If an engine failure occurs above V1 the aircraft can accelerate to the Vr and take-off, retract gear and accelerate to V2 and pass the end of the runway at a height of at least 35 feet. From there, flying at V2 or above the aircraft can climb at angle that keeps it clear of nearby obstacles.
Part of the aircraft's certification is to demonstrate that this is possible.
This question is related to the exact requirements.
To determine the minimum runway length required, two scenarios are calculated. The first scenario has the aircraft accelerating to V1, suffering an engine failure at V1 and then aborting the take-off. This gives the Accelerate - Stop Distance Required (ASDR). The higher V1, the higher the ASDR.
The second scenario has the aircraft accelerating to V1, suffering an engine failure at V1 and then continuing the take-off. This take-off involves accelerating from V1 to Vr, lifting off, retracting gear while accelerating and climbing, reaching V2 and 35 feet at the end of the runway. The runway length required for this scenario is the Take-Off Distance Required (TODR). The higher V1 the lower the TODR. This because when V1 is higher the part of the scenario that involves accelerating on a single engine becomes smaller.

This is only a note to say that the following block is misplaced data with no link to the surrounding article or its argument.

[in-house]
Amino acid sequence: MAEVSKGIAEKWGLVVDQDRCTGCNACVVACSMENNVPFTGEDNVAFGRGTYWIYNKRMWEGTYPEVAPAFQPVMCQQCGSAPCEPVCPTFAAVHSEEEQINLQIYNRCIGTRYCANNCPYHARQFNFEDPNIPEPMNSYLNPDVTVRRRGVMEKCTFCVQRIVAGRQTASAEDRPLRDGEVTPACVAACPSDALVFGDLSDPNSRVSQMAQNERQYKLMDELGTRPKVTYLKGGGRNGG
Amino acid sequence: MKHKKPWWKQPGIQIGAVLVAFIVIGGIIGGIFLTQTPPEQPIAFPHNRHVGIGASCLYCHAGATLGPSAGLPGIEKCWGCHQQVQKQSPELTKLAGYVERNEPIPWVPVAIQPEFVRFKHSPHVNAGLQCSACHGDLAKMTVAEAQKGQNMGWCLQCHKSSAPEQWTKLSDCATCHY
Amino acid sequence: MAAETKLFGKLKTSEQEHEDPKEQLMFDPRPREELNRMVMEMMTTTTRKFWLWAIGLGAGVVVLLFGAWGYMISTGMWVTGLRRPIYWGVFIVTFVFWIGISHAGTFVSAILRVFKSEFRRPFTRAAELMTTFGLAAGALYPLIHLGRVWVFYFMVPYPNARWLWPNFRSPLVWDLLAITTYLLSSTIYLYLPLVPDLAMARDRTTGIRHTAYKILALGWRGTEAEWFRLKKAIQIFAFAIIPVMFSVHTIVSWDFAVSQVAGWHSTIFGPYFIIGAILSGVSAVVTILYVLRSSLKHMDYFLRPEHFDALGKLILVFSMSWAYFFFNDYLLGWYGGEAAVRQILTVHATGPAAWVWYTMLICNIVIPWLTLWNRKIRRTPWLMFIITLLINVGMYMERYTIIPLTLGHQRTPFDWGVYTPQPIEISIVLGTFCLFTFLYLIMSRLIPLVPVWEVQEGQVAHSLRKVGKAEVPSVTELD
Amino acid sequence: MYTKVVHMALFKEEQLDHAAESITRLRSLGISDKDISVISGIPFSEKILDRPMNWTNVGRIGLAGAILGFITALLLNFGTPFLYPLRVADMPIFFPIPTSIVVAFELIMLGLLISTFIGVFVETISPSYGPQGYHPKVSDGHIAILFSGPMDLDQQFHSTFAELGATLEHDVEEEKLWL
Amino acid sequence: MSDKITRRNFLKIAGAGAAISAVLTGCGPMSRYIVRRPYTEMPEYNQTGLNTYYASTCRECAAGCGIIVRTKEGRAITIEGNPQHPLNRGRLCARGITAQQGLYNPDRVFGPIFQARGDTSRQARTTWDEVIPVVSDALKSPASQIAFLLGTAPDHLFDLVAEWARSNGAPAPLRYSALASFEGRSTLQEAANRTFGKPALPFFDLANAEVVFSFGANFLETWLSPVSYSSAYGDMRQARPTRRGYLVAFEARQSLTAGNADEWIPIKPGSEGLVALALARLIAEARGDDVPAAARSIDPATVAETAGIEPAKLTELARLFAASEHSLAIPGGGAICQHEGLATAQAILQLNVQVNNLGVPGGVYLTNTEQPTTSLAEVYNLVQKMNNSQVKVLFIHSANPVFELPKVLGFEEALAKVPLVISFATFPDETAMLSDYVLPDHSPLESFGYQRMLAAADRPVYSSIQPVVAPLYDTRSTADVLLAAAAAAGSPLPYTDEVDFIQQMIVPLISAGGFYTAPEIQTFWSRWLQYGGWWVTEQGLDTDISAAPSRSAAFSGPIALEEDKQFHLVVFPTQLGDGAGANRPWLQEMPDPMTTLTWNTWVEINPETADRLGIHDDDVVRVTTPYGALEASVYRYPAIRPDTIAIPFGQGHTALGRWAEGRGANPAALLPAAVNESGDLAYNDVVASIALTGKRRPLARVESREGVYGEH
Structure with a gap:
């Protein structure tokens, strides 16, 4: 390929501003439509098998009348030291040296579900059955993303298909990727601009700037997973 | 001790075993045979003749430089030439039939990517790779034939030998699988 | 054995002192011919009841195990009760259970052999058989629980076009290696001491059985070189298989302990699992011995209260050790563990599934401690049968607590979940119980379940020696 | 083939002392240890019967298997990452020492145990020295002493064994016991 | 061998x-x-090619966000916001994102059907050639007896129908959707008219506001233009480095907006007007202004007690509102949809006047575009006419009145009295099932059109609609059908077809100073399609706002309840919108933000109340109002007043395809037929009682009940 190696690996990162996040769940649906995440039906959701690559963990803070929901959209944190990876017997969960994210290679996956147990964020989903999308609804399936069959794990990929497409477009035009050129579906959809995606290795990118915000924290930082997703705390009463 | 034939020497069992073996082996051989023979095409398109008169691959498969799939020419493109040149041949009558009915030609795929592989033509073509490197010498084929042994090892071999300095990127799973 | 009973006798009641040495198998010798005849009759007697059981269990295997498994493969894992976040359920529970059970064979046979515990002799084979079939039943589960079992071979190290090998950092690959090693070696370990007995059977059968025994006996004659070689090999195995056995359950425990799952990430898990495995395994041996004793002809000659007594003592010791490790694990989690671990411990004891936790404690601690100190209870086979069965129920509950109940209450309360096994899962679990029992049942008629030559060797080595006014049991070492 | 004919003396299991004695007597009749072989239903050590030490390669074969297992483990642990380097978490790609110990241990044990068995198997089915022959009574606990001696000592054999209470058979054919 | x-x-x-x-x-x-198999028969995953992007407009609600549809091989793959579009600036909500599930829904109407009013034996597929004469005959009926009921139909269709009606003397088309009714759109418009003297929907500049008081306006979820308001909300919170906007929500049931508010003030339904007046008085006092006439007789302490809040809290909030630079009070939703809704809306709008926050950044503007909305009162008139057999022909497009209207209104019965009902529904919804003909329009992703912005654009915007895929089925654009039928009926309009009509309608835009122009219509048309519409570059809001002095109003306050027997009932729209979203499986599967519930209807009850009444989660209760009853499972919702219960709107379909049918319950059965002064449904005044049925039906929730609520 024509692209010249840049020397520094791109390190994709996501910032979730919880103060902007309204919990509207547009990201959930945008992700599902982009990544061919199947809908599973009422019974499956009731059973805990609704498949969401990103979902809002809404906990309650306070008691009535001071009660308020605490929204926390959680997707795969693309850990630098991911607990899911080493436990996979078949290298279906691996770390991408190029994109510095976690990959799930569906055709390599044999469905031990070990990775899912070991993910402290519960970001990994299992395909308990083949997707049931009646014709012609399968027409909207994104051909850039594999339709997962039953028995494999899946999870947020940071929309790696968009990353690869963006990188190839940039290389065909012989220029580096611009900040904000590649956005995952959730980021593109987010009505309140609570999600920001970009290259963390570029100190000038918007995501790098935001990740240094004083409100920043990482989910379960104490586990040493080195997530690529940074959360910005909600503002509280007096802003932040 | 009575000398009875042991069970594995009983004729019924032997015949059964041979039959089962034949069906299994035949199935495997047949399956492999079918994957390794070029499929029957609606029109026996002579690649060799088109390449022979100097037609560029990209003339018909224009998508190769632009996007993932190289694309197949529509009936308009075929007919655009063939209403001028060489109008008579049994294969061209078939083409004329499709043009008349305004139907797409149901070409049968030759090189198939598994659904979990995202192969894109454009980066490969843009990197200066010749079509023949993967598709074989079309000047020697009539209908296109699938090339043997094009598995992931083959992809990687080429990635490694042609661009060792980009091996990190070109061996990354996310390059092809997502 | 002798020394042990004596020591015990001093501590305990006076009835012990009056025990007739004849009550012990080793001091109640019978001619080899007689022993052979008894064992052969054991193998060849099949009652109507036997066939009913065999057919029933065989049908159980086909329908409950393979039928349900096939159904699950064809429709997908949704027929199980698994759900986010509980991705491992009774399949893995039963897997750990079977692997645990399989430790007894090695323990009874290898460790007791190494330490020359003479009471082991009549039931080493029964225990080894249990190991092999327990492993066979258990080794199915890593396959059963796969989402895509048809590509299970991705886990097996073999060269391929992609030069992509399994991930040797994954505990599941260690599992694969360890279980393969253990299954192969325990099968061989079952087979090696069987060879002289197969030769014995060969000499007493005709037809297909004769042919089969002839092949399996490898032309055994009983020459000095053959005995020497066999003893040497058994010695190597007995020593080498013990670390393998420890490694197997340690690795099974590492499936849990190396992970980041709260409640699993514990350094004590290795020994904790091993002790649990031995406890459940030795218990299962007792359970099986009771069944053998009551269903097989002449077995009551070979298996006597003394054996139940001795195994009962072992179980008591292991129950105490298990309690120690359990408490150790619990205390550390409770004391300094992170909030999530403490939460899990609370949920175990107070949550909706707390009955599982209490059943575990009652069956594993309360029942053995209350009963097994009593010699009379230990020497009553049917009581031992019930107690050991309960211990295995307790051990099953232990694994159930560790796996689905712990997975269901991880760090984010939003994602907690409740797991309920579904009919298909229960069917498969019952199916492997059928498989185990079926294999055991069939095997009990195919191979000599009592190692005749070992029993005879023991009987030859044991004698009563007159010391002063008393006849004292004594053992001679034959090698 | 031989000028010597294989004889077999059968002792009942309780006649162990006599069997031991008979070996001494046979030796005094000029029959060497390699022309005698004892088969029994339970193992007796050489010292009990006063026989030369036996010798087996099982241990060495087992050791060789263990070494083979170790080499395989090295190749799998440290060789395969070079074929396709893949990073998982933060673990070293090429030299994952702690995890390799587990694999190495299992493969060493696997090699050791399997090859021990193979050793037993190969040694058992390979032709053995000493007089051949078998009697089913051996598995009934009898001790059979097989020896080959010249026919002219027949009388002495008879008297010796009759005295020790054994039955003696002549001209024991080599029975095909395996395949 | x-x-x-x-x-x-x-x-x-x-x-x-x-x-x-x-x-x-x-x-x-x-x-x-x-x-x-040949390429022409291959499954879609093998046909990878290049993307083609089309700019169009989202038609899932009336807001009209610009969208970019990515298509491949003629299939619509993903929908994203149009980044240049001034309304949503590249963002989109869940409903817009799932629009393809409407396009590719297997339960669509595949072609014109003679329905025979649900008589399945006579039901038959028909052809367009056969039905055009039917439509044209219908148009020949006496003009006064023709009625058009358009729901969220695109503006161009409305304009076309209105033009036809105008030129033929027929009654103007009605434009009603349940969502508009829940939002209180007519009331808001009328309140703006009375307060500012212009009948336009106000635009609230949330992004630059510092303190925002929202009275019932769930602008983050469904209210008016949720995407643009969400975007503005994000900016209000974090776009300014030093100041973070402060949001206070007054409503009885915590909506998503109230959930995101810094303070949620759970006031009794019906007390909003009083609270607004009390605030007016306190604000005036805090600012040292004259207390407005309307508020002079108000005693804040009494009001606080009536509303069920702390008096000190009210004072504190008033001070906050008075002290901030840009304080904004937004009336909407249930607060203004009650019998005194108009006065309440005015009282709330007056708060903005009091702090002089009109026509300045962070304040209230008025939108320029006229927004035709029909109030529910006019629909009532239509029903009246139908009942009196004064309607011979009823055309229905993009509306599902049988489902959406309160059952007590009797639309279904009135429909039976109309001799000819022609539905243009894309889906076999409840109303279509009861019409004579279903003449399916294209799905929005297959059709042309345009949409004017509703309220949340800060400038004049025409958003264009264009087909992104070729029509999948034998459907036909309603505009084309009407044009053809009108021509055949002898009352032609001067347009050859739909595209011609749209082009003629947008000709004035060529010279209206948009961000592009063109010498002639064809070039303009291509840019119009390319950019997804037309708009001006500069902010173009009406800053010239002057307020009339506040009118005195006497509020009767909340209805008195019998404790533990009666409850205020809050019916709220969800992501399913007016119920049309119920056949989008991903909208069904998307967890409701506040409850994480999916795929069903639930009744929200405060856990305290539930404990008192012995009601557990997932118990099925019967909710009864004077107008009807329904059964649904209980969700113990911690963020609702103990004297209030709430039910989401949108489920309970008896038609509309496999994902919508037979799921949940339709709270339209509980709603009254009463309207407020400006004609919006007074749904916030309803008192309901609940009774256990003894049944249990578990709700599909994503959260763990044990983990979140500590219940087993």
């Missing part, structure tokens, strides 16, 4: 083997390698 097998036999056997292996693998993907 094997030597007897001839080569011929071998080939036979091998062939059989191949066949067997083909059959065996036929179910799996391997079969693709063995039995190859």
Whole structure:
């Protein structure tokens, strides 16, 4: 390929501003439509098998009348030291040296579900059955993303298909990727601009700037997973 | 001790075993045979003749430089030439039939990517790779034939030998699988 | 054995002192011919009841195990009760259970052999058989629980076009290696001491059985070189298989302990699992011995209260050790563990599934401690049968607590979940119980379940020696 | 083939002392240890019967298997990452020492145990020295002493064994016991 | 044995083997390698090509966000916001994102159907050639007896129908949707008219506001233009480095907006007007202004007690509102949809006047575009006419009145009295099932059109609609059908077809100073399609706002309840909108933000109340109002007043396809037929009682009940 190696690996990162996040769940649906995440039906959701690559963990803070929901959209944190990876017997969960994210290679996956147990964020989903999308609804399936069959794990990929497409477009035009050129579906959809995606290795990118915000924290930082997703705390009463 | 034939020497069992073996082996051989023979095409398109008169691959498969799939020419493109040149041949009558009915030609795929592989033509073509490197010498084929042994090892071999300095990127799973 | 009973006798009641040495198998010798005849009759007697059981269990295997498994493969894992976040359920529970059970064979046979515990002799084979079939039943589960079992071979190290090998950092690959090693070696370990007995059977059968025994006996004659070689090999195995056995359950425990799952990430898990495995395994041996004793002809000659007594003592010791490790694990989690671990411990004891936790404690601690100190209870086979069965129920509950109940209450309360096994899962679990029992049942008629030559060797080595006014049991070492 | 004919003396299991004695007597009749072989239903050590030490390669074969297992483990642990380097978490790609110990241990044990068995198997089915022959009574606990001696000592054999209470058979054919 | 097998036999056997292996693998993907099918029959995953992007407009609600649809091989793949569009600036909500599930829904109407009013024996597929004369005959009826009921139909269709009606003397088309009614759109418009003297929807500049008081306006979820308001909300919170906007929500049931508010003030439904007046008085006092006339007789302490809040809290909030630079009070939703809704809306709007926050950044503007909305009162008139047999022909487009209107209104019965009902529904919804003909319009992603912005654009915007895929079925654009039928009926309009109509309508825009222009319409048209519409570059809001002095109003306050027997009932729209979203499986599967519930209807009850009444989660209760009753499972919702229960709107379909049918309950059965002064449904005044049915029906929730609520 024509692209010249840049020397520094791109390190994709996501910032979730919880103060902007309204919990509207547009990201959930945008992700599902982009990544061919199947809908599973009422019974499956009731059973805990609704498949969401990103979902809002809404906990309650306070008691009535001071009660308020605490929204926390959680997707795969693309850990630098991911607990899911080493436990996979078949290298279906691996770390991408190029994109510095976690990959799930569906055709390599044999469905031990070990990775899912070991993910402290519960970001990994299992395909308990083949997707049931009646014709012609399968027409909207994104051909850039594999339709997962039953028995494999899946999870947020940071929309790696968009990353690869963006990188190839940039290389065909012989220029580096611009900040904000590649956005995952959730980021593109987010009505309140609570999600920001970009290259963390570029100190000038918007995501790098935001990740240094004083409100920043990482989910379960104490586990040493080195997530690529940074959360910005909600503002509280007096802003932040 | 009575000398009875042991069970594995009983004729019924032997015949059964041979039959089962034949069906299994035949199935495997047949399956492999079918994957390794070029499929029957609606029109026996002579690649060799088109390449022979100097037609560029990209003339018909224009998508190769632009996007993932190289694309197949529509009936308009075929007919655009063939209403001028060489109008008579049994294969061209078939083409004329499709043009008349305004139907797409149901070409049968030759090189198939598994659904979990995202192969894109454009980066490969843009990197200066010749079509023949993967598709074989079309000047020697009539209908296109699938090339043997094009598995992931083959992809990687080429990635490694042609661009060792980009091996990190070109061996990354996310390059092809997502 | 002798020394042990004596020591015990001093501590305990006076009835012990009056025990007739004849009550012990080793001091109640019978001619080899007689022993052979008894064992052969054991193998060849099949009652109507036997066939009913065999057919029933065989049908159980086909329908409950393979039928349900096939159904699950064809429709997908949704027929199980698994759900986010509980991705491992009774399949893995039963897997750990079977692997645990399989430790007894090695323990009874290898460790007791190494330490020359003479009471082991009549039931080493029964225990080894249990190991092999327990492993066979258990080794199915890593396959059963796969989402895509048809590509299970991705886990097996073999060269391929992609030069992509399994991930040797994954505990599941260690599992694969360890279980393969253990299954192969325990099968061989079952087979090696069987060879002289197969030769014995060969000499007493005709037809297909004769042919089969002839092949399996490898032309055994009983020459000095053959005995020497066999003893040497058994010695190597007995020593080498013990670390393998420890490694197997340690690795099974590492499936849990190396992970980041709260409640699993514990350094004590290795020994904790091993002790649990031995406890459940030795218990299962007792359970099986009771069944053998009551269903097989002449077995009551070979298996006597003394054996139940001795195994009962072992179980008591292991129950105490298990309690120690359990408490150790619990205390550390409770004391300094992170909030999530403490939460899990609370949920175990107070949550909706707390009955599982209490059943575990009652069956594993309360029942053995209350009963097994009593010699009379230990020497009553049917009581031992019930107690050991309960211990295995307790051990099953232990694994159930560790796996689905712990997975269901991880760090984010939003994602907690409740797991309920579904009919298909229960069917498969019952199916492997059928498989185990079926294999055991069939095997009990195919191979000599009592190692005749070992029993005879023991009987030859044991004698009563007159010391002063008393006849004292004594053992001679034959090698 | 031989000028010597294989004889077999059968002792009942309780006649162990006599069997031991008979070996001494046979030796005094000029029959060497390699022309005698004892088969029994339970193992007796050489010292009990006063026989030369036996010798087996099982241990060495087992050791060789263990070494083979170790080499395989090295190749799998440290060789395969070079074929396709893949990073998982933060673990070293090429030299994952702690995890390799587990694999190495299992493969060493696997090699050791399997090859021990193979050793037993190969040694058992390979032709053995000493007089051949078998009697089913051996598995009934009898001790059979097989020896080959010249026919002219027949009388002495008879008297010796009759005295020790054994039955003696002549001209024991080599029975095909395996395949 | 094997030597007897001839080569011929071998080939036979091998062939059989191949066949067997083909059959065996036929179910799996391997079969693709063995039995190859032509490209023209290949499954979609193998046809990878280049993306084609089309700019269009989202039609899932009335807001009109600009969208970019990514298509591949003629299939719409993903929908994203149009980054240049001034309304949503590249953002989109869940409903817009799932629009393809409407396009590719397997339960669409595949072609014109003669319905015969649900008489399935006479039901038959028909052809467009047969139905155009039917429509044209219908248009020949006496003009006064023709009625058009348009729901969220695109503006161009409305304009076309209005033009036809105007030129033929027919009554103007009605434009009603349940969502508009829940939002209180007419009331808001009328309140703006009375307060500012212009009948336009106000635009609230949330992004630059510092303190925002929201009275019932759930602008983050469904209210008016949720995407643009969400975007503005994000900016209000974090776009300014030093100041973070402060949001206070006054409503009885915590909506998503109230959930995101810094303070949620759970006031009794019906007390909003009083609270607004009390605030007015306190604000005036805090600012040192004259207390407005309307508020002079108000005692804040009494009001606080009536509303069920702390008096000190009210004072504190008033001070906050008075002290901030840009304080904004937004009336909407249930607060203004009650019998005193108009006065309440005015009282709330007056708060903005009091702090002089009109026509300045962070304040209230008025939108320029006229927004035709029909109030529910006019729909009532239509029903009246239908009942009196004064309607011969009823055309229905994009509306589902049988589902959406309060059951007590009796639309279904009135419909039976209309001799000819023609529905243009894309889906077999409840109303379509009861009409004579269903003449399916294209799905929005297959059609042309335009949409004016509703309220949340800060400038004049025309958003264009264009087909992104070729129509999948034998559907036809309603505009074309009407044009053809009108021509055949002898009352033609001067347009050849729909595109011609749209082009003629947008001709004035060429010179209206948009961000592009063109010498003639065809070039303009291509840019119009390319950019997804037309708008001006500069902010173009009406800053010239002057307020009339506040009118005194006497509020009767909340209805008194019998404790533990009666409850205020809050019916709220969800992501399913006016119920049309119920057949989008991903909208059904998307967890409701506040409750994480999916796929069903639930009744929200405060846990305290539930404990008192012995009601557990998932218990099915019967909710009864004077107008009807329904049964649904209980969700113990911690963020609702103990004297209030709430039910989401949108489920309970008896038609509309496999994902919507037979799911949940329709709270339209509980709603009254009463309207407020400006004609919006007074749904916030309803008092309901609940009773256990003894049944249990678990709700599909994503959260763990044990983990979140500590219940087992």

These calculations take into account aircraft weight, engine thrust, aircraft configuration and runway condition.
For the V1 that gives the same ASDR as TODR, the required runway length is shortest. This is called the balanced field length.
This video is an example of an engine failure between V1 and V2. While the aircraft is rotating the engine ingests a heron resulting in big balls of fire. The aircraft lifts of, accelerates and climbs away at angle steep enough to avoid obstacles.
Rejecting a take-off above V1 will likely result in a runway excursion.